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Want the Media's Attention? 
The secret is simple: Say something!
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 by John P. David
David & Garcia PR

John DavidWhile having a drink (bourbon) with a reporter from a major national news outlet (The Wall Street Journal), the discussion turned to the top guy at a company that is one of our newest clients. 

The executive is well positioned to comment on one of the biggest business stories of the year (the subprime meltdown). I mentioned to the journalist that we were still getting to know our client, but my gut was telling me that our guy could be an excellent source for the Journal.

My journalist friend then said, in a very frank manner, the following (paraphrasing): "So you haven't gotten hold of him yet and turned him into a lifeless spewer of self-serving drivel." I laughed because our guy, thankfully, remains pure; and then I cried because so many other executives fail in the PR game because they refuse to say anything meaningful.

Corporate America is becoming a nation of drivel spewers. National business reporters are usually very smart individuals with high degrees of intellectual curiosity. Most have access to incredible amounts of data regarding the industries they cover and are typically well-informed. They also have long memories, don't mind phoning regulators/government officials and, in general, have a low tolerance for BS.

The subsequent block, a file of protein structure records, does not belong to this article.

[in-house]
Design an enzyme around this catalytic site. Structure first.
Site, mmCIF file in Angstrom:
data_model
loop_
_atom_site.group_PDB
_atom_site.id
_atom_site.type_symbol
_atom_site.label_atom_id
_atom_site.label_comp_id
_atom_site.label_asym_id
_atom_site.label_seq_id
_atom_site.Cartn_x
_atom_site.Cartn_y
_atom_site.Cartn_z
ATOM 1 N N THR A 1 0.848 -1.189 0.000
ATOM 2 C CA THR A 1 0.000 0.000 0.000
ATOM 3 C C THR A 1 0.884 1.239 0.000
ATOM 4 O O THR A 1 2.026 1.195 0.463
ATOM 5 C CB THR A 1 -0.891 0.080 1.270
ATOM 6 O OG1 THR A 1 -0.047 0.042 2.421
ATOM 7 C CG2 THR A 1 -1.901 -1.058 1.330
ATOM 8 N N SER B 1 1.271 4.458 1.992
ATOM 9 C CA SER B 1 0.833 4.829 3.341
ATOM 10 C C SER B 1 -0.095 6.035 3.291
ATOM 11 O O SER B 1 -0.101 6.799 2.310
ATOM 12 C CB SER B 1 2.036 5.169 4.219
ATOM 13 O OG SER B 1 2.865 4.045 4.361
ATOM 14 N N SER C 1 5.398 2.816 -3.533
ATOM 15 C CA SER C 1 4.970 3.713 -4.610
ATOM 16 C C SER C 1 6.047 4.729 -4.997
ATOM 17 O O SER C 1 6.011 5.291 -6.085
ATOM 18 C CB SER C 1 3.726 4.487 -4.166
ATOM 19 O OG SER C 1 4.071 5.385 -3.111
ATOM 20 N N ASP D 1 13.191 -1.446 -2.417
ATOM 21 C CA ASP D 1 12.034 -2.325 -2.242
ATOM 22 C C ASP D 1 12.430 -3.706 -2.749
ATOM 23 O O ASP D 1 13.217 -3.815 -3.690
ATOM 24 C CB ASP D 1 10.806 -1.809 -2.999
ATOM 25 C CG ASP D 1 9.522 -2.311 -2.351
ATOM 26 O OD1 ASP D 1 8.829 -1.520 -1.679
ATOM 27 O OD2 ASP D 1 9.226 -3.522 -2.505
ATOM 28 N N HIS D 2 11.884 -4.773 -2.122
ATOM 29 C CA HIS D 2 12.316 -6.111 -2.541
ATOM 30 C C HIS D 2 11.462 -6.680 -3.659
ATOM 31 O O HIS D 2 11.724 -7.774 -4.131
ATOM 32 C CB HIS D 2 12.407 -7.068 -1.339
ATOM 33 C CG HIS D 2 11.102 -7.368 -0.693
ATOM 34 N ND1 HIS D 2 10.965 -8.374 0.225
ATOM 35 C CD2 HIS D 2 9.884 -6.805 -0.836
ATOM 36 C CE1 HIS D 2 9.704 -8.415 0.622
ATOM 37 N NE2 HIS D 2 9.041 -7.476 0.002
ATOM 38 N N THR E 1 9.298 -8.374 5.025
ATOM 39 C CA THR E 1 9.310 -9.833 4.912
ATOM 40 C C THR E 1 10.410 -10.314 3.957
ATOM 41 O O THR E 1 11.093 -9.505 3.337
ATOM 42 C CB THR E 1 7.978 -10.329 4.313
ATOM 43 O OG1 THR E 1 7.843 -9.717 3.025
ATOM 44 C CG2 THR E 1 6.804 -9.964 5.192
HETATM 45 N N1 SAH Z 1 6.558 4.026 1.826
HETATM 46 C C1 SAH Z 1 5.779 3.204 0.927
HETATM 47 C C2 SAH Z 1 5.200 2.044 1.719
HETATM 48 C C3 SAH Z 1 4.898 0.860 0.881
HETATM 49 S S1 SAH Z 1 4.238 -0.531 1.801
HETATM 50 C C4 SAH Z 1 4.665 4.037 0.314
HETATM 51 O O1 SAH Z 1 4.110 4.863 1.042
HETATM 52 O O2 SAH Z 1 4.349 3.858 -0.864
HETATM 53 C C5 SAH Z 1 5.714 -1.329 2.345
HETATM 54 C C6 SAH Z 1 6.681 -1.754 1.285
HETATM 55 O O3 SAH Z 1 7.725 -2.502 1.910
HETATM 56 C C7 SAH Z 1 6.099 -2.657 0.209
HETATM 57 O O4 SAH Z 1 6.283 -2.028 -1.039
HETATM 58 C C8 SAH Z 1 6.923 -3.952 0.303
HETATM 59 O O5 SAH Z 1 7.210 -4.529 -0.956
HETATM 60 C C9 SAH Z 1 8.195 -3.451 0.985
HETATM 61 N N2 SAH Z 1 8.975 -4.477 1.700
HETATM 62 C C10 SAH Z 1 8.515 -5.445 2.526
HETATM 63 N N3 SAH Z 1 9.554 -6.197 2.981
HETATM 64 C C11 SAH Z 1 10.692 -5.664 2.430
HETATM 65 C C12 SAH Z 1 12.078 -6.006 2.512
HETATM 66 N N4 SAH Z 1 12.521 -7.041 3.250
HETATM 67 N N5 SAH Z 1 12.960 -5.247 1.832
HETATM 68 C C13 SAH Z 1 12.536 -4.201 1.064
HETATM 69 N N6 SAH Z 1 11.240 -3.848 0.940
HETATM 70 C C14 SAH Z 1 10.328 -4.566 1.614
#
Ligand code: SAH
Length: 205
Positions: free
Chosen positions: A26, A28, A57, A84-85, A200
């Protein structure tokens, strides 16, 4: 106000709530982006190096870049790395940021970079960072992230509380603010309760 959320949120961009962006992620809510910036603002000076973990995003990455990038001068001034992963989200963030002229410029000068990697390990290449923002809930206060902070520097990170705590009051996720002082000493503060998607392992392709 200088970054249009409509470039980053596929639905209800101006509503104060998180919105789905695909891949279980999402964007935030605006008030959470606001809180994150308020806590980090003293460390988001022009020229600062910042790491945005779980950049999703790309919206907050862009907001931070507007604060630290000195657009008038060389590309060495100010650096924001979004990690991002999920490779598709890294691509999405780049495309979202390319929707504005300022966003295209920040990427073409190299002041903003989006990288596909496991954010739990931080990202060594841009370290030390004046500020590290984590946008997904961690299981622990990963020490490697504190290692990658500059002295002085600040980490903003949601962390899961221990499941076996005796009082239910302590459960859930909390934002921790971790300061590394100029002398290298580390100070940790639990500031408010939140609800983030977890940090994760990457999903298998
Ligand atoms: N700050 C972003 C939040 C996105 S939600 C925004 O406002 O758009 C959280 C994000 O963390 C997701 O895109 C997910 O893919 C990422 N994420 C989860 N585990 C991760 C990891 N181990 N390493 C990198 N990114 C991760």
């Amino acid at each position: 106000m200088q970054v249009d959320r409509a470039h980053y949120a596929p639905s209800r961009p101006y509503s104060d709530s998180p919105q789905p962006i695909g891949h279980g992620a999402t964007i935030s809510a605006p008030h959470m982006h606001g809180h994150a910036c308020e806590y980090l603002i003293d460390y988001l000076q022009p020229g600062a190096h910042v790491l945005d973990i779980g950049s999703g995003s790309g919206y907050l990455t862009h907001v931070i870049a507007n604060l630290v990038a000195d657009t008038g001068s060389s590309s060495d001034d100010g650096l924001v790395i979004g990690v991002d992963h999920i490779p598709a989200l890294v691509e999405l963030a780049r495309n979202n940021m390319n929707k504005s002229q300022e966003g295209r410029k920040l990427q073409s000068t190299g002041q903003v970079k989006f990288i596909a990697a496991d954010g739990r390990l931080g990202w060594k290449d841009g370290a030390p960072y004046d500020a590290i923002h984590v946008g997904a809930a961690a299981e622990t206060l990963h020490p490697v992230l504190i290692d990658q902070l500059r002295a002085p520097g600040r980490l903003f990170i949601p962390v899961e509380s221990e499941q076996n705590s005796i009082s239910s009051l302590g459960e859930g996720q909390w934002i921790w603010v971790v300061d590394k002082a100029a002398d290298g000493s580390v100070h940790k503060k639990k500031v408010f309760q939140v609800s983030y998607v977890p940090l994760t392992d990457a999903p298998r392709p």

What they want more than anything is reliable insight. In other words, they want their sources to say something meaningful, true and authentic. Sounds simple enough but it really appears to be in short supply. Journalists are searching far and wide for those who are willing to speak the truth about important topics.

Here are my top three tips for building relationships with the national press:

  • Can the canned speech. Fetishes aside, nobody wants smoke blown up their behind. Sources need to have clear message points and be prepared when speaking with the media, but real opinions and verifiable facts will trump the spin every time. Lead with the truth about your business or industry and you will be on your way.

  • Banish the gods of fear. Speak with authority and conviction; don't be afraid to speak your mind about issues that are important to your industry. Quotes with a measurable level of emotion will stand out. Too often, sources fear their strong words might do damage.

  • Help by "trendspotting," or better yet, "scoopspotting." Journalists love to identify the next big trend. Want a journalist to remember you, help them out by letting them know which way your industry is turning/heading. Further, if you can offer up a real nugget of unreported news (a scoop), you will have a friend for a long time.

John P. David has more than 18 years of experience in the public relations industry, serving Florida-based and national clients. For more information, contact him at or visit

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